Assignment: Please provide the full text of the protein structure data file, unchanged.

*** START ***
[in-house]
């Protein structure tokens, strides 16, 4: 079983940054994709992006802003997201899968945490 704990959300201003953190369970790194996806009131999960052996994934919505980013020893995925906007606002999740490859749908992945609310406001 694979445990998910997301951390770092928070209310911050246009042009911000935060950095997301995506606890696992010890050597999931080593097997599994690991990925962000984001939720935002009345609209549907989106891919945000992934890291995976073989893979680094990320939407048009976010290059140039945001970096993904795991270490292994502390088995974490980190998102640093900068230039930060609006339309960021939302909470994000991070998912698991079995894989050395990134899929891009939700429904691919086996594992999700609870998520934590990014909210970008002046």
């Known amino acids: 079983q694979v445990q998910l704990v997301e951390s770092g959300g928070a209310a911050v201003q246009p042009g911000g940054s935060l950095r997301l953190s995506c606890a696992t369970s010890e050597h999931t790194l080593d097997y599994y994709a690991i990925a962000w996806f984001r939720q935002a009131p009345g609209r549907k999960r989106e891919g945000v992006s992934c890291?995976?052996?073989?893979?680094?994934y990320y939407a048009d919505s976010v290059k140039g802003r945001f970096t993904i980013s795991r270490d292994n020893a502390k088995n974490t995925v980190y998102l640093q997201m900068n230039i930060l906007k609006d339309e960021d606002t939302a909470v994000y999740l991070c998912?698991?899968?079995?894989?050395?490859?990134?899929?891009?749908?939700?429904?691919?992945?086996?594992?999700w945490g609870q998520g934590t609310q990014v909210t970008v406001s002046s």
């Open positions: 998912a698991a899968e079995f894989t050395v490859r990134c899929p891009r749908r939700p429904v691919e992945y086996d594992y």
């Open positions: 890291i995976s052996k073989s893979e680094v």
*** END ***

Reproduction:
[in-house]
């Protein structure tokens, strides 16, 4: 079983940054994709992006802003997201899968945490 704990959300201003953190369970790194996806009131999960052996994934919505980013020893995925906007606002999740490859749908992945609310406001 694979445990998910997301951390770092928070209310911050246009042009911000935060950095997301995506606890696992010890050597999931080593097997599994690991990925962000984001939720935002009345609209549907989106891919945000992934890291995976073989893979680094990320939407048009976010290059140039945001970096993904795991270490292994502390088995974490980190998102640093900068230039930060609006339309960021939302909470994000991070998912698991079995894989050395990134899929891009939700429904691919086996594992999700609870998520934590990014909210970008002046």
């Known amino acids: 079983q694979v445990q998910l704990v997301e951390s770092g959300g928070a209310a911050v201003q246009p042009g911000g940054s935060l950095r997301l953190s995506c606890a696992t369970s010890e050597h999931t790194l080593d097997y599994y994709a690991i990925a962000w996806f984001r939720q935002a009131p009345g609209r549907k999960r989106e891919g945000v992006s992934c890291?995976?052996?073989?893979?680094?994934y990320y939407a048009d919505s976010v290059k140039g802003r945001f970096t993904i980013s795991r270490d292994n020893a502390k088995n974490t995925v980190y998102l640093q997201m900068n230039i930060l906007k609006d339309e960021d606002t939302a909470v994000y999740l991070c998912?698991?899968?079995?894989?050395?490859?990134?899929?891009?749908?939700?429904?691919?992945?086996?594992?999700w945490g609870q998520g934590t609310q990014v909210t970008v406001s002046s």
């Open positions: 998912a698991a899968e079995f894989t050395v490859r990134c899929p891009r749908r939700p429904v691919e992945y086996d594992y």
């Open positions: 890291i995976s052996k073989s893979e680094v």